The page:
The Fransson decision confirms that the Charter applies to national measures that do not transpose EU legislation and happen to fall within its scope only incidentally. Regardless of the relative conservativeness of this finding, its implications are fated to displease member states and the reasoning of the Court was not compelling enough to prevent distinguishing and criticism. The first attack was promptly brought by the German Constitutional Court, which in its anti-terror database decision made clear that it subscribes only to a restrictive reading of Fransson and does not accept that the Charter applies to domestic measures whose objectives are set domestically, even if their purposes are shared by EU legislation.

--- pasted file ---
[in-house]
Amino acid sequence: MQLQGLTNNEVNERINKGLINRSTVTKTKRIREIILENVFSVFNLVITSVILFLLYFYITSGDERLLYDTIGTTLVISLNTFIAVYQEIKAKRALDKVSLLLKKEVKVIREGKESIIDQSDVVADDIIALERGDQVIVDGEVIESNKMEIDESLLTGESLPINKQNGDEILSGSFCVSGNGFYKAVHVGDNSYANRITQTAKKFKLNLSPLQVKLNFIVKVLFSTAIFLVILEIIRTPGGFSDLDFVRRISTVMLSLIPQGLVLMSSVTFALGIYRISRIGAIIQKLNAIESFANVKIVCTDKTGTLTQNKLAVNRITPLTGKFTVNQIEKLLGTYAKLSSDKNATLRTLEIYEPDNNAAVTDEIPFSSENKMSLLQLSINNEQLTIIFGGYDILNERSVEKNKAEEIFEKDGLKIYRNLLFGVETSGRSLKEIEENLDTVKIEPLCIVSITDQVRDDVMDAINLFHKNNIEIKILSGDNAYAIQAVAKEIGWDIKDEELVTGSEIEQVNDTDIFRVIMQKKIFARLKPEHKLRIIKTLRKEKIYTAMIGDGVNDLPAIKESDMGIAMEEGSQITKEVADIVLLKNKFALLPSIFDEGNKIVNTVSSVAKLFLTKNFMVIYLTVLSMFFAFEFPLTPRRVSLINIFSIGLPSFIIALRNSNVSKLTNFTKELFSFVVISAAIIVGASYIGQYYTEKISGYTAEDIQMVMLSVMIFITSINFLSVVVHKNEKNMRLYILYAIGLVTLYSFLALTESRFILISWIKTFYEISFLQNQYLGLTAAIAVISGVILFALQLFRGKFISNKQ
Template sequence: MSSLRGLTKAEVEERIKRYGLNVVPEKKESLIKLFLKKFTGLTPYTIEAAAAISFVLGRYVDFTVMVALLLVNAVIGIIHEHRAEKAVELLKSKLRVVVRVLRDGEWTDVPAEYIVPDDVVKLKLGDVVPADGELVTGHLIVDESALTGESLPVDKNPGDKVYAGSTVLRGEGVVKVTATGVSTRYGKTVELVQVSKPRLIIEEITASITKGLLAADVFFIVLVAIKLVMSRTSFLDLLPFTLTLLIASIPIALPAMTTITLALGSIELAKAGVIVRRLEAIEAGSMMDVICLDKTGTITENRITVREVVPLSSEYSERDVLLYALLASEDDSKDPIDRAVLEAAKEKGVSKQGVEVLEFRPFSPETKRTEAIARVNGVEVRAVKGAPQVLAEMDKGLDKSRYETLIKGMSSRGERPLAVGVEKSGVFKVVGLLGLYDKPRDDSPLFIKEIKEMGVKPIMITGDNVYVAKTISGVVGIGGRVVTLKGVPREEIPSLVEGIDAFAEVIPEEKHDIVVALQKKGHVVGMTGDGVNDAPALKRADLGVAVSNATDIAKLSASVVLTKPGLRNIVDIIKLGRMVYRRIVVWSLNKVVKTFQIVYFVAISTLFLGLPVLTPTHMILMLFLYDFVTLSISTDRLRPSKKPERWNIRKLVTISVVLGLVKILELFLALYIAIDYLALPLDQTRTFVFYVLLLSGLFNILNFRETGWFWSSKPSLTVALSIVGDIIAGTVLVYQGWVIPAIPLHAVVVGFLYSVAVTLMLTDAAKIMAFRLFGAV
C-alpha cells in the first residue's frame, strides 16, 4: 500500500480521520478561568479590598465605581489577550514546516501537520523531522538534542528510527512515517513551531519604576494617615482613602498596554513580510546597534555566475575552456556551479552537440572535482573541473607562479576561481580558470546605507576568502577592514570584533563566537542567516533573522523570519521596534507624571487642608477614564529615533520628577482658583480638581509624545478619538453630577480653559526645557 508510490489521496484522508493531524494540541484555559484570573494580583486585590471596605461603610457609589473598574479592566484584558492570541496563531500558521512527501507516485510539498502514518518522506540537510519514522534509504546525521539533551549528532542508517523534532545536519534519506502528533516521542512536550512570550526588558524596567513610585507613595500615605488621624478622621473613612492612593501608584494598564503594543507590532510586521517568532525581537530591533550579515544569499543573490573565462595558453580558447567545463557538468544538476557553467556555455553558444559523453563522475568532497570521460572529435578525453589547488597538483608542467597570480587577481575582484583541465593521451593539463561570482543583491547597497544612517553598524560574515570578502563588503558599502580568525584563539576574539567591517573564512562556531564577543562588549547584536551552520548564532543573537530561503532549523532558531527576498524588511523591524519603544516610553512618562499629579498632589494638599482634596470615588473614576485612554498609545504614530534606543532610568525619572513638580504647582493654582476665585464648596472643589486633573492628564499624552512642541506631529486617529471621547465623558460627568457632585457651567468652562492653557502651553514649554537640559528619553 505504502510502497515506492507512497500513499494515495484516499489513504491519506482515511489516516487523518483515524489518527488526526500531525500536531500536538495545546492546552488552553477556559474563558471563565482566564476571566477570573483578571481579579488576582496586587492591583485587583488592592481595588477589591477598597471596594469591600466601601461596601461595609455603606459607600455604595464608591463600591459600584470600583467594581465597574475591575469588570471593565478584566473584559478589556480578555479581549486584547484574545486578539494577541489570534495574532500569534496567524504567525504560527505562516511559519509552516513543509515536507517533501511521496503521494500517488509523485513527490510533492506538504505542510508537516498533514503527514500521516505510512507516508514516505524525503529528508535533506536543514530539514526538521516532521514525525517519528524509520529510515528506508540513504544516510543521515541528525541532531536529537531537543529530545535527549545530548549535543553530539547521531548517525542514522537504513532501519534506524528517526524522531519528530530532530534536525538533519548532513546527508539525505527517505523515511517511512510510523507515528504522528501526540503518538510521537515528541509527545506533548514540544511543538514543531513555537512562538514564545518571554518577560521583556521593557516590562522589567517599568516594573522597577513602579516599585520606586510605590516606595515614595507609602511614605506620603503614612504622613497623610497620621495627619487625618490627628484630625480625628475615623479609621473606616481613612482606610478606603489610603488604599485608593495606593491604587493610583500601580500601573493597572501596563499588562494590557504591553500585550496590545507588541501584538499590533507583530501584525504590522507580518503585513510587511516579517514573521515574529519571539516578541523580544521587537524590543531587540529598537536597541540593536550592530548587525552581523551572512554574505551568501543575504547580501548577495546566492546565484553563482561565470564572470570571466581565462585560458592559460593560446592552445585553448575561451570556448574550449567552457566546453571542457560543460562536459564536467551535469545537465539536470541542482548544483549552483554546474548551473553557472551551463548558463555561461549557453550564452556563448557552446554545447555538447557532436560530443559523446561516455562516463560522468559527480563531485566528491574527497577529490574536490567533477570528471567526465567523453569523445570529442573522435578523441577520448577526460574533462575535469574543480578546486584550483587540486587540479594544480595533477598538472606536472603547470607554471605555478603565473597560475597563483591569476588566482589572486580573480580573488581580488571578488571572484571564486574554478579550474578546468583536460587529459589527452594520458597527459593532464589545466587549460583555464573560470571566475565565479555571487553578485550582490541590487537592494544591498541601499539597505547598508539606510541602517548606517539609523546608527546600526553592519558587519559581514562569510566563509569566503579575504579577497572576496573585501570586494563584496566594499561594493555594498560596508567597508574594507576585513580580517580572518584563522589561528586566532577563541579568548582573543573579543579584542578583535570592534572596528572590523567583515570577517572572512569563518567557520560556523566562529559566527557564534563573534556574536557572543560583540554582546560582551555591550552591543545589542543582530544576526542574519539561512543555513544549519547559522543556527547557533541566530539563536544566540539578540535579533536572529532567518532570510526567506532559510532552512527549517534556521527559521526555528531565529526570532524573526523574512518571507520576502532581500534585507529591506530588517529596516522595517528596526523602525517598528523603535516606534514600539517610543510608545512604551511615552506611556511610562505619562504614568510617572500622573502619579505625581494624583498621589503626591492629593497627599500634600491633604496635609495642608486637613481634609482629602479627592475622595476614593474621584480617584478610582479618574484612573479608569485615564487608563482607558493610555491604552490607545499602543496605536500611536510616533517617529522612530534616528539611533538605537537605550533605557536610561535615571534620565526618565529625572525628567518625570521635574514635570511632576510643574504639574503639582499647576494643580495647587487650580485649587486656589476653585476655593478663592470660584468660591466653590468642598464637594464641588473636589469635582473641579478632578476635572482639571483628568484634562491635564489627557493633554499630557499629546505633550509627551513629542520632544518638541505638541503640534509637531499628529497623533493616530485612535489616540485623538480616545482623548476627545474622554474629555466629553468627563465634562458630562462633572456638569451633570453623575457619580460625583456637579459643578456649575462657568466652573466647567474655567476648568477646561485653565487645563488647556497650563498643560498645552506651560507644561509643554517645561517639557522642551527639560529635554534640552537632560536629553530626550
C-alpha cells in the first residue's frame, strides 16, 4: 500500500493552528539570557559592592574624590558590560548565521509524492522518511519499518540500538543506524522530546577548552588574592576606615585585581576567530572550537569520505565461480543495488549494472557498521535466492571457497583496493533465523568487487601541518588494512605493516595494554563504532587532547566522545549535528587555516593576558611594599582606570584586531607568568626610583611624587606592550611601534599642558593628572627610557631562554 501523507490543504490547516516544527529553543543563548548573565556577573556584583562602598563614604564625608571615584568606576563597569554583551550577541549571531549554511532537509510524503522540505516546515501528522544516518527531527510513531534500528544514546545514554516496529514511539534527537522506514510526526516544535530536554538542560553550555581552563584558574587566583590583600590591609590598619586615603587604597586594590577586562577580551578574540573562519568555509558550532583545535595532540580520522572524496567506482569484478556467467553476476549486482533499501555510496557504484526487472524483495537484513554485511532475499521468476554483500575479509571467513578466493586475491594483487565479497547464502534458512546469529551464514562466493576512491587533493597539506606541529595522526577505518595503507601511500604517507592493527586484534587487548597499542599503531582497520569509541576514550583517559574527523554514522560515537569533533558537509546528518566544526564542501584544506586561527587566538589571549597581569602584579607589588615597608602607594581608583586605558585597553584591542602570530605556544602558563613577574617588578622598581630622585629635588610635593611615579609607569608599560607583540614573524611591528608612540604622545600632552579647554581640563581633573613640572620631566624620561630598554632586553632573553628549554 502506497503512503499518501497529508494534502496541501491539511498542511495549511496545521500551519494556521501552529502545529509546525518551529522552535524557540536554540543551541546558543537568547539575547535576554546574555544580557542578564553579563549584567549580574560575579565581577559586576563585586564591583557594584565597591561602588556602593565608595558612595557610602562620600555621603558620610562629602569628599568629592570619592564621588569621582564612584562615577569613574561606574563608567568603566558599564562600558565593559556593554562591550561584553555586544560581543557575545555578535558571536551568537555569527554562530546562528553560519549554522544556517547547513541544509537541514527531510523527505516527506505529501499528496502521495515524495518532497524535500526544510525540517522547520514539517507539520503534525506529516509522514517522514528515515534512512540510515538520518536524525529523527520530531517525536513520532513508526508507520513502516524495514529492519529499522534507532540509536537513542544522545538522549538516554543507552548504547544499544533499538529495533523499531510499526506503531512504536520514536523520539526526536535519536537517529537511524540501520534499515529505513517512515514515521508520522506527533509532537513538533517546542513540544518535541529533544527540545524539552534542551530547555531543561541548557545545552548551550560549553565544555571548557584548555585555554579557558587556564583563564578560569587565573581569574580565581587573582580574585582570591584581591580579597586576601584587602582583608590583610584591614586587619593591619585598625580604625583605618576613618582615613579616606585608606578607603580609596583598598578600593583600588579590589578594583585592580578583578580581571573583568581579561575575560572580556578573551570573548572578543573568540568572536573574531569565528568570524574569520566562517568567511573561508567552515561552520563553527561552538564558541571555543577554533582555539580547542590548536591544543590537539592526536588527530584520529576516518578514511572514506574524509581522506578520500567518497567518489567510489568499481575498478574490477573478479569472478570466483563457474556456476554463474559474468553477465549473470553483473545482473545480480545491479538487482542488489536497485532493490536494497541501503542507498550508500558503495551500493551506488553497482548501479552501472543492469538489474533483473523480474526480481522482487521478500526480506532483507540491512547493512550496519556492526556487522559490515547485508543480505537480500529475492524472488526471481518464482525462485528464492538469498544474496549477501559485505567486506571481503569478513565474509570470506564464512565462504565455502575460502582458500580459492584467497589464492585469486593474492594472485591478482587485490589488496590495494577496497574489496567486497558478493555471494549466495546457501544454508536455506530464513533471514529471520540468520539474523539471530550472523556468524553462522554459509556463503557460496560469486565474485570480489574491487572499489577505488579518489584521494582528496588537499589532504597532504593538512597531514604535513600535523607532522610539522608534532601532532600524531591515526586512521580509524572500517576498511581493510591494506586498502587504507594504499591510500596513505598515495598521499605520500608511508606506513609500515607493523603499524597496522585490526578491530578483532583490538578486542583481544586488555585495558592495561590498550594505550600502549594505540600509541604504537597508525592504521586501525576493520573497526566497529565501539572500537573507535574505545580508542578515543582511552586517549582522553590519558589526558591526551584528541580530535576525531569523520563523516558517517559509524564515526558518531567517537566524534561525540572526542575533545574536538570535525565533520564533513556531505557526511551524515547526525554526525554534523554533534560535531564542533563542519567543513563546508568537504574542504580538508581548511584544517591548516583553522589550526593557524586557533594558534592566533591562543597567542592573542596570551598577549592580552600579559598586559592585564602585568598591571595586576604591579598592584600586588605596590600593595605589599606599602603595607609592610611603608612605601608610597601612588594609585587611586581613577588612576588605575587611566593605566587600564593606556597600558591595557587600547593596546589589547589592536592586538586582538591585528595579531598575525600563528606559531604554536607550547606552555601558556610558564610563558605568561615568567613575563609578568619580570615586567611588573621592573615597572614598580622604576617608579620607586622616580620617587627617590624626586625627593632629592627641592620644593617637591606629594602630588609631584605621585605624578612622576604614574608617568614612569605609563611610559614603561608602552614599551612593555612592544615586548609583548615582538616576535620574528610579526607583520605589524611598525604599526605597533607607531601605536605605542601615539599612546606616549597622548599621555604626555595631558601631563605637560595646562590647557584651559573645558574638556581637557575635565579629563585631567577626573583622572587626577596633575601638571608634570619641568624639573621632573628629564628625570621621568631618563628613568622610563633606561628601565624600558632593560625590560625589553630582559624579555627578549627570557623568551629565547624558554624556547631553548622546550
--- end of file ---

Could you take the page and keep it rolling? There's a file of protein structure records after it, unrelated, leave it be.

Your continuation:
- Article 51 EUCFR
- European Charter of Fundamental Rights
- Human Rights
- ne bis in idem
- German Constitutional Court